Pennies, Nickels and Dimes, Oh My!
Officials at the US Mint have spotted a sign they say is indicative of an improving economy — coin shipments are increasing.
US Mint Deputy Director Richard Peterson said that when the economy crashed, “People went into their piggy banks and their coin jars and spent those coins. [They] flowed back into the banks and then ultimately back to the Federal Reserve.”
That meant new coin production from the Mint stopped for awhile. But last year, coin shipments from the mint increased by 37 percent, a sign fewer people need to dig around for dimes and nickels to make ends meet.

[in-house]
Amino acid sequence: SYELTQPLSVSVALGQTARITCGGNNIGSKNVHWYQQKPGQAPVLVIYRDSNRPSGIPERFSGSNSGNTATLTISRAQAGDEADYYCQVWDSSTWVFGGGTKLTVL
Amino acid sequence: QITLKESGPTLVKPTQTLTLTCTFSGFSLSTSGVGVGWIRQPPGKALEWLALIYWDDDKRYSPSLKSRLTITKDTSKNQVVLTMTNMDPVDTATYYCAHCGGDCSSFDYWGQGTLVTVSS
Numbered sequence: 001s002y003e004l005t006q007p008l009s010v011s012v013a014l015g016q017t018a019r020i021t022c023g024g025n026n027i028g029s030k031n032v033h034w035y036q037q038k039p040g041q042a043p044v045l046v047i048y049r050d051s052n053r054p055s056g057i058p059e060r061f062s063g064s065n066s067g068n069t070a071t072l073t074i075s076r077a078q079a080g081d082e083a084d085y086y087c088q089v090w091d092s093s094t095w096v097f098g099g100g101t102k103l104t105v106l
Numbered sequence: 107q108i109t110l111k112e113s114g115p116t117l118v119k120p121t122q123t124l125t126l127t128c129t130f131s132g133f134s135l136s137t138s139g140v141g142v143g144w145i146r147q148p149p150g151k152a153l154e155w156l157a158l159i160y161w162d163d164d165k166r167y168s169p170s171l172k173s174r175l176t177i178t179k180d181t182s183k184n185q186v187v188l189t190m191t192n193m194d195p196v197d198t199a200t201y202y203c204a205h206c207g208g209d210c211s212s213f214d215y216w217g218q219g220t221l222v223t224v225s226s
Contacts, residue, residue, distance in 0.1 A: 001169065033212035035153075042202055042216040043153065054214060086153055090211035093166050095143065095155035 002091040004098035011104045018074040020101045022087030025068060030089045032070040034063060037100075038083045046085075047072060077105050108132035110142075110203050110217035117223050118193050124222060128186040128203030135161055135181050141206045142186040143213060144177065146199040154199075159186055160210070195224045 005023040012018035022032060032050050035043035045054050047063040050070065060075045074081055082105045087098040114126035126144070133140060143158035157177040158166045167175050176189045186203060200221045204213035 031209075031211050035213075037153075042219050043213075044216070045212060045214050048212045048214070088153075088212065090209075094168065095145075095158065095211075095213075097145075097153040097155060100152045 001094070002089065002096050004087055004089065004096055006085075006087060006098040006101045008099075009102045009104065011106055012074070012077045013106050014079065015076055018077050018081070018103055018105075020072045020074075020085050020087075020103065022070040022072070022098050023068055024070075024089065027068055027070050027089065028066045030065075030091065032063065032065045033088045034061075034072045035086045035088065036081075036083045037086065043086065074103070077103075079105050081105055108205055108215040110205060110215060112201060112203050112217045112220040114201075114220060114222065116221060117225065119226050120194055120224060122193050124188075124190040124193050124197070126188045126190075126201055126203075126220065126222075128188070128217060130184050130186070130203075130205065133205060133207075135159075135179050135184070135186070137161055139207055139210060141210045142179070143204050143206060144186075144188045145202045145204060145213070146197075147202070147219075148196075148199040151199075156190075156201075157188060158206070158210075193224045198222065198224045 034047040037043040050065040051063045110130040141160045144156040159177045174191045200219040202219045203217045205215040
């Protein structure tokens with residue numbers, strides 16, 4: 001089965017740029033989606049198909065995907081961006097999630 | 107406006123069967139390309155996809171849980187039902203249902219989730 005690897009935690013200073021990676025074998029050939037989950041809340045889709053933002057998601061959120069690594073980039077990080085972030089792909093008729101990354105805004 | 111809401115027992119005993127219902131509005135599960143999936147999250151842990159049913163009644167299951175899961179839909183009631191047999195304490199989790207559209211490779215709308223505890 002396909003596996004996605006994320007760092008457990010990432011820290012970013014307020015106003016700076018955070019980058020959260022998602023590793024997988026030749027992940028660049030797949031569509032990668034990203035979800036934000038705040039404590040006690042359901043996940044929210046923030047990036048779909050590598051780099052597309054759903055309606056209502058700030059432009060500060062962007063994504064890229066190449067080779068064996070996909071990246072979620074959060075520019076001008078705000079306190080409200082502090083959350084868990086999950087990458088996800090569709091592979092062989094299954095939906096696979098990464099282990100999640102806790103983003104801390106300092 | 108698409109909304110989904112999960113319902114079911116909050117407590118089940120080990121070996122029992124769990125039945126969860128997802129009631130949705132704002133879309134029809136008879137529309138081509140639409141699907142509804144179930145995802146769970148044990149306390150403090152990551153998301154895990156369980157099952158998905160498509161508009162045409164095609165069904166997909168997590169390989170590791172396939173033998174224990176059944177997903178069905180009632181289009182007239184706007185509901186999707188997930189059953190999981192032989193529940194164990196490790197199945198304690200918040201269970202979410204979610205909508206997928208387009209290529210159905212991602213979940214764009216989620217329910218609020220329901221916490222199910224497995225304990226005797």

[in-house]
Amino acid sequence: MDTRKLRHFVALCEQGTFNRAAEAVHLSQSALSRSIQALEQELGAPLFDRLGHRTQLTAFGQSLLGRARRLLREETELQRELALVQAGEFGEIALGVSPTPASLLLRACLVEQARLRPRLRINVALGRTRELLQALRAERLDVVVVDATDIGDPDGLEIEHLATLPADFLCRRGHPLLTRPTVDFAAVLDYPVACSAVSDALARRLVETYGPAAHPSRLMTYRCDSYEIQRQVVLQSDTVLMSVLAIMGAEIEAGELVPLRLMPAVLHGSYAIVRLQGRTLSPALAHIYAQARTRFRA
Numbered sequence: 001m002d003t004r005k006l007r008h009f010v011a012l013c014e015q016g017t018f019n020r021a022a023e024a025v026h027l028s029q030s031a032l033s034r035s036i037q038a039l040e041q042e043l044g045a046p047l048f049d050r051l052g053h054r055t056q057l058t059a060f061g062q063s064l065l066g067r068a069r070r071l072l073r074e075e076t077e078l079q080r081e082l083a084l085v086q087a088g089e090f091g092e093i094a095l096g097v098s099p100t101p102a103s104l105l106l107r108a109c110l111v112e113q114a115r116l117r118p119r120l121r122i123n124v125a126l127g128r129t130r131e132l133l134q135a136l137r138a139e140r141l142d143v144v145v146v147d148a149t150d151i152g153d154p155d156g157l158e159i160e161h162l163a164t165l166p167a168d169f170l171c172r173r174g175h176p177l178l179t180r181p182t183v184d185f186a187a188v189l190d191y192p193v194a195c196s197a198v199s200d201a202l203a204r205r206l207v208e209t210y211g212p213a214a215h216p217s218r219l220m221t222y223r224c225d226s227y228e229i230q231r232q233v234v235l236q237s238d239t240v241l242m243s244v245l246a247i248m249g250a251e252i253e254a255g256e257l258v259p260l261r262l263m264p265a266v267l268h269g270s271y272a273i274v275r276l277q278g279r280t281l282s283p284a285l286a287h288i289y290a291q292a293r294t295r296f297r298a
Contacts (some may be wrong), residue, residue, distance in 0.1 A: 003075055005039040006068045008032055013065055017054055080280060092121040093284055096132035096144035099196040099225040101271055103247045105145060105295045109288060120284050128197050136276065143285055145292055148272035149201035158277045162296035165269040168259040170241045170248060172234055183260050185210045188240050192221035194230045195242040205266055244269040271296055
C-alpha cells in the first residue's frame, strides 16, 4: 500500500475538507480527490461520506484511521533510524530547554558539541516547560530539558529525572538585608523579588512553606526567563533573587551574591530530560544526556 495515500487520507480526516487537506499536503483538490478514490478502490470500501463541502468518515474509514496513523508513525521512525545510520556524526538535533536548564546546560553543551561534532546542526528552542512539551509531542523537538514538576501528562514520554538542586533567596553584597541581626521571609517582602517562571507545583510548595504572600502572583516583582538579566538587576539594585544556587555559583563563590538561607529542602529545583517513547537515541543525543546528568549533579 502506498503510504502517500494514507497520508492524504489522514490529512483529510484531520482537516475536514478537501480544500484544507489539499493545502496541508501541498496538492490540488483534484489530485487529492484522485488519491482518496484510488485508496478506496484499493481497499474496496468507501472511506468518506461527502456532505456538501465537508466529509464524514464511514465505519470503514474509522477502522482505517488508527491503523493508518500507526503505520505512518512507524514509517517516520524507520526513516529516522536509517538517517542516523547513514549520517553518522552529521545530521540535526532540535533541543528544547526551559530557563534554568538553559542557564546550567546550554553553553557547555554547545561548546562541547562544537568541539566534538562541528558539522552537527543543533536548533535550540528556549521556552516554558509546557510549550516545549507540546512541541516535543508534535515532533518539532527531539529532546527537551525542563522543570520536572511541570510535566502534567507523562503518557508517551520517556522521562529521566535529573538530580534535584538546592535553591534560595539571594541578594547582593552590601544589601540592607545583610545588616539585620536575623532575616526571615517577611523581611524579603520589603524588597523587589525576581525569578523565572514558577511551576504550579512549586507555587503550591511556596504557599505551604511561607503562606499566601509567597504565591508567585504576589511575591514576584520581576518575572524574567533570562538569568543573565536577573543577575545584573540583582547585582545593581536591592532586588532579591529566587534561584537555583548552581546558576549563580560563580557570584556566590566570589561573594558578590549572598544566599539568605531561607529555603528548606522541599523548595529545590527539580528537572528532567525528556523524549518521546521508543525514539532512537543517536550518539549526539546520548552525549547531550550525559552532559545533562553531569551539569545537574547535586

But while that’s good news for the economy, it means less revenue for the mint. It costs two cents to make a penny and 10 cents to make a nickel, so producing more of those coins isn’t necessarily good for the mint’s balance sheets.
But it makes up for those losses elsewhere. Gold and silver coins were popular with Americans who saw the precious metals as a stable investment — more than 45 million ounces of them were sold in 2011, which represented a record spike of about 30 percent, making such coins the largest source of revenue for the mint in 2011.
Overall, the US Mint still plans to be in the black this year, with any profit going toward paying down the national debt.